Saturday, May 25, 2024

A pretty good year, considering…

Despite the drought and a localized armyworm infestation, this season produced some very strong yields.

By Randall “Cass” Mutters

Randall Mutters
Randall Mutters

An overview of the 2015 rice-growing season in California would not be complete without mention of the ongoing drought. Statewide, the last rainy season (October 2014 through April 2015) brought only a small fraction of the state’s average precipitation; snow pack in the mountains was virtually non-existent.

The impact on agriculture has been severe. Growers in the Sacramento Valley fared better than those in the southern part of the state where allotments were reduced to zero in some instances. The majority of the irrigation districts that serve rice growers received between 50 and 75 percent of their typical allotment from state and federal sources.

Many new wells were installed and old ones refurbished to at least partially make up for the irrigation water shortfall. Water limitations resulted in fewer acres of rice being planted compared to previous years. In 2013, for example, there were more than 550,000 acres of rice planted in California. In 2014 there were about 425,000 acres, and in 2015 the planted acres of rice were further reduced to about 375,000.

Another dry winter will likely reduce rice acreage further. Whether El Niño brings relief from the drought remains a hopeful promise at this point.

Armyworms were an exception

A rare infestation of armyworms in parts of the northern Sacramento Valley devoured rice stands down to the mid-vein in portions of many fields. Tens of thousands of acres were treated.
A rare infestation of armyworms in parts of the northern Sacramento Valley devoured rice stands down to the mid-vein in portions of many fields. Tens of thousands
of acres were treated.

Water aside, this past season was a good one. The dry, warm spring resulted in early field preparation and planting. The exceptionally dry soil profile required a surprisingly large volume of water to establish a flood for planting.

Irrigation districts implemented strict water management rules. As typical in recent years, medium-grain varieties M205 and M206 dominated the landscape. The early maturing variety M105 became increasingly popular in some areas.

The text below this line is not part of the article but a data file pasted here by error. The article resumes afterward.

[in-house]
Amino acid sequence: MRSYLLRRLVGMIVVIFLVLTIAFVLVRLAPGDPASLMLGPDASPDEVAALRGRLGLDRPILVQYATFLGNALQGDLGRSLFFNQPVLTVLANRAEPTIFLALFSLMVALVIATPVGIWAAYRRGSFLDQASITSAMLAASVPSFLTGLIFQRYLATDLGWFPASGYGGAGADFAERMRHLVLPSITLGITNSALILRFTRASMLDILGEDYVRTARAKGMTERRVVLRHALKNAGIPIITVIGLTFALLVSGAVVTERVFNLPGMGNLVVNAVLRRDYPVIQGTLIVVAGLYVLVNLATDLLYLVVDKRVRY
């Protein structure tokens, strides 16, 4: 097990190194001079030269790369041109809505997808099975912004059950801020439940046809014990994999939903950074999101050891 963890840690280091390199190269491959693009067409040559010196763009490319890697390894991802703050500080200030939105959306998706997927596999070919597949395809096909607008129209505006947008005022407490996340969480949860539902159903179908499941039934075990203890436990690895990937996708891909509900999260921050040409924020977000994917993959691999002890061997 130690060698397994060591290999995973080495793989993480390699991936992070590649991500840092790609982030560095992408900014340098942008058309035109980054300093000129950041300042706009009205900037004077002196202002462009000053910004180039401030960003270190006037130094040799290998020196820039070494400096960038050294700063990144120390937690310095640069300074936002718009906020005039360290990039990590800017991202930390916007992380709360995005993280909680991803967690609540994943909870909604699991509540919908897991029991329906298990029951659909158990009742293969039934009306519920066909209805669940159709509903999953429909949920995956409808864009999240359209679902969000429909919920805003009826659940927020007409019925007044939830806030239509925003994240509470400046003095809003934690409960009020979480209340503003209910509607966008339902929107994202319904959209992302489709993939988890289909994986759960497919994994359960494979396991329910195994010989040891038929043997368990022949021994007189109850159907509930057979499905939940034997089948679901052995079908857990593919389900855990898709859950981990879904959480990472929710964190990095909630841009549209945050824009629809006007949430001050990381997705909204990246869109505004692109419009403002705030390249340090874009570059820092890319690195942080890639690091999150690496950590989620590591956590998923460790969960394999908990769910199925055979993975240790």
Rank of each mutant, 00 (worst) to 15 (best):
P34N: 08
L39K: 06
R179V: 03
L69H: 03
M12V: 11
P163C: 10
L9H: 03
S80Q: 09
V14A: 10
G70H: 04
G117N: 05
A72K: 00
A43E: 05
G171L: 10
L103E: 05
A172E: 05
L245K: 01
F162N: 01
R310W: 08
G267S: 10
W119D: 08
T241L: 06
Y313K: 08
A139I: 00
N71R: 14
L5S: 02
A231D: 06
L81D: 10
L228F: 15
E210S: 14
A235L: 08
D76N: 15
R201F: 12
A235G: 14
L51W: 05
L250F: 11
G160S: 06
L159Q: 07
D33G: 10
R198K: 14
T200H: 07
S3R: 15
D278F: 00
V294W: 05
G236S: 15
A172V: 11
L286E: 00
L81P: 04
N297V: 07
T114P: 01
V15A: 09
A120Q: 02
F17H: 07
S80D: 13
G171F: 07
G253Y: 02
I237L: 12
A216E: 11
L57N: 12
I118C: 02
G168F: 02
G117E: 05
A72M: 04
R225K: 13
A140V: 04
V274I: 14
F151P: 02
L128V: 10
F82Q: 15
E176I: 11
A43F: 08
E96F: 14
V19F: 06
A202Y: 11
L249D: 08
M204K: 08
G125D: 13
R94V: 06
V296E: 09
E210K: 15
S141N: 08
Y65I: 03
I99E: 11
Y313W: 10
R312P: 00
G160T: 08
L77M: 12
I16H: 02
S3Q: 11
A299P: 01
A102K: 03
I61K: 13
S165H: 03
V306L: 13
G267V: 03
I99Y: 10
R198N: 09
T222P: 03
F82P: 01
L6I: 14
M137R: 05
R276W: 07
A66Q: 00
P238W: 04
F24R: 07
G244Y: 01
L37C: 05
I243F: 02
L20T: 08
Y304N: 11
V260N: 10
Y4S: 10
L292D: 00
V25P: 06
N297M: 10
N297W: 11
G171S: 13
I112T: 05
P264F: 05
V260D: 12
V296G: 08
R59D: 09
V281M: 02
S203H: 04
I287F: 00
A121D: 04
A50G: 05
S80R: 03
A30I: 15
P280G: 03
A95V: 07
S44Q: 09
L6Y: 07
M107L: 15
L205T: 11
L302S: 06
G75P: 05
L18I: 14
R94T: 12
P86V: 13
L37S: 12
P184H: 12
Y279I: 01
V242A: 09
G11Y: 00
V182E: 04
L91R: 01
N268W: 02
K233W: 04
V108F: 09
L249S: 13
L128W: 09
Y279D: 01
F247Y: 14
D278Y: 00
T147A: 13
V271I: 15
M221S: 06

Aside from the typical struggles with weed control, the season was without much pest pressure with the notable exception of an area in the northern valley. In that area, an armyworm outbreak was severe.

The worms devoured rice stands down to the mid-vein in large portions of many fields beginning in mid-June. This level of armyworm pressure is extremely rare. Tens of thousands of acres were treated.

However, commonly used pyrethroid insecticides did not provide good control and neither did carbaryl applications. Most likely, these products failed to provide good control because of the very high populations. A coalition of grower organizations, university and industry managed to obtain a Section 18 for Intrepid 2F in time for the second population outbreak in August – the time when armyworm pressure typically occurs.

Strong yields mark season

The 2015 crop matured a few days earlier than the long-term average, with harvest beginning in early September. Yields in many areas were strong, excluding heavily worm-damaged fields where yields were reduced by as much as 15 percent.

Documented yields have been as high as 130 hundredweight per acre (dry weight), which is just short of amazing. The statewide average is expected to come in around 85 cwt. Early returns on milling quality for many are in the 65/70 range (head and total). In contrast, there were reports that rice harvested early at a high moisture content and rushed through the drying and milling process in an effort to capitalize on the “new crop” market suffered from low milling quality.

But overall, a pretty good year, considering.

Contact Dr. Randall “Cass” Mutters, Extension agronomist, University of California, Davis, at


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